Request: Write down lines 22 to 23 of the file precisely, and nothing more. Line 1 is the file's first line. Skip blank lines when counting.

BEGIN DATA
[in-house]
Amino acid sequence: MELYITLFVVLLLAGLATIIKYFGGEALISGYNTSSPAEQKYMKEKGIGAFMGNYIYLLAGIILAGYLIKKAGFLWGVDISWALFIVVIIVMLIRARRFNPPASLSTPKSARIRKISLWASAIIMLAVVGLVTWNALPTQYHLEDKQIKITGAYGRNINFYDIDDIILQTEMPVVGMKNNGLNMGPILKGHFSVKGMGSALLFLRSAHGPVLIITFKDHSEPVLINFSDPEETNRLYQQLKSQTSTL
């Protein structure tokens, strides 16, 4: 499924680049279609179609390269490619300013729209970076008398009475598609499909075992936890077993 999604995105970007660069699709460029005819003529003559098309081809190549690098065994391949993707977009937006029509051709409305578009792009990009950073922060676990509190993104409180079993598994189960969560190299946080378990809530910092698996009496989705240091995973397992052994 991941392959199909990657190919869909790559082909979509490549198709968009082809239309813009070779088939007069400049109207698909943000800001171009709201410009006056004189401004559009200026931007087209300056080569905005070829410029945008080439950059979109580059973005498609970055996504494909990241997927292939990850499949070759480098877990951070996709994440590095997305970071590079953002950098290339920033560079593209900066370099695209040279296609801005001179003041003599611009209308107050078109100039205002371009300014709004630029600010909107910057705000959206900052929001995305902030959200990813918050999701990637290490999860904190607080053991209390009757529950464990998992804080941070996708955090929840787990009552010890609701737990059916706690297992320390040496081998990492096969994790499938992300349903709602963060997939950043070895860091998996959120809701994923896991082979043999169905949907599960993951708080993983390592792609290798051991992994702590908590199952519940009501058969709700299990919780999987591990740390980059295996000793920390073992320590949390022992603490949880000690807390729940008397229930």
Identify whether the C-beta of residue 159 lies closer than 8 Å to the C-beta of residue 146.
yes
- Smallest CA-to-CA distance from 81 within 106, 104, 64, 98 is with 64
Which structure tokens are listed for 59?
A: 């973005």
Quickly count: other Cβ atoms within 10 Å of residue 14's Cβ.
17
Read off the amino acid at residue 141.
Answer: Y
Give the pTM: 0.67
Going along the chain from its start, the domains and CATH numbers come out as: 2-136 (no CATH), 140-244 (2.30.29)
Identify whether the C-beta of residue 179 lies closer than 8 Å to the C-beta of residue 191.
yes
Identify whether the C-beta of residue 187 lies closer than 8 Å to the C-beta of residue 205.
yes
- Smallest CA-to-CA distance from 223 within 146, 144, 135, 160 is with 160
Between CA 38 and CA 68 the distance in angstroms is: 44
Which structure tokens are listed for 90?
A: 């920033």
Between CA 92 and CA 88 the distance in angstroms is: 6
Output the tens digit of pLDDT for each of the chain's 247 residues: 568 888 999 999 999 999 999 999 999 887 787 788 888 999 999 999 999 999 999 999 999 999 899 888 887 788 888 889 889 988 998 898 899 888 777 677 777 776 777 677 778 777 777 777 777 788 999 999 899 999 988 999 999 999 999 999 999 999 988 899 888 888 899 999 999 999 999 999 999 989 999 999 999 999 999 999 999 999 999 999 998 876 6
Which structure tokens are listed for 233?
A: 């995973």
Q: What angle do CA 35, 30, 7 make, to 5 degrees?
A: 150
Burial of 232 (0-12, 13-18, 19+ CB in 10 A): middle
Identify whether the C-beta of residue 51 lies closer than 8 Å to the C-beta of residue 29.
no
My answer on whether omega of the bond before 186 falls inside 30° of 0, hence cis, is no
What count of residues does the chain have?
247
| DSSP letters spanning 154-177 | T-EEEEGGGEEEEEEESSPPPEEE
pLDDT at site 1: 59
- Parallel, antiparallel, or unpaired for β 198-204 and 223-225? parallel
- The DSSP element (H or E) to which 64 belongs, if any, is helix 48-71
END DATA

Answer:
A: 């920033």
Between CA 92 and CA 88 the distance in angstroms is: 6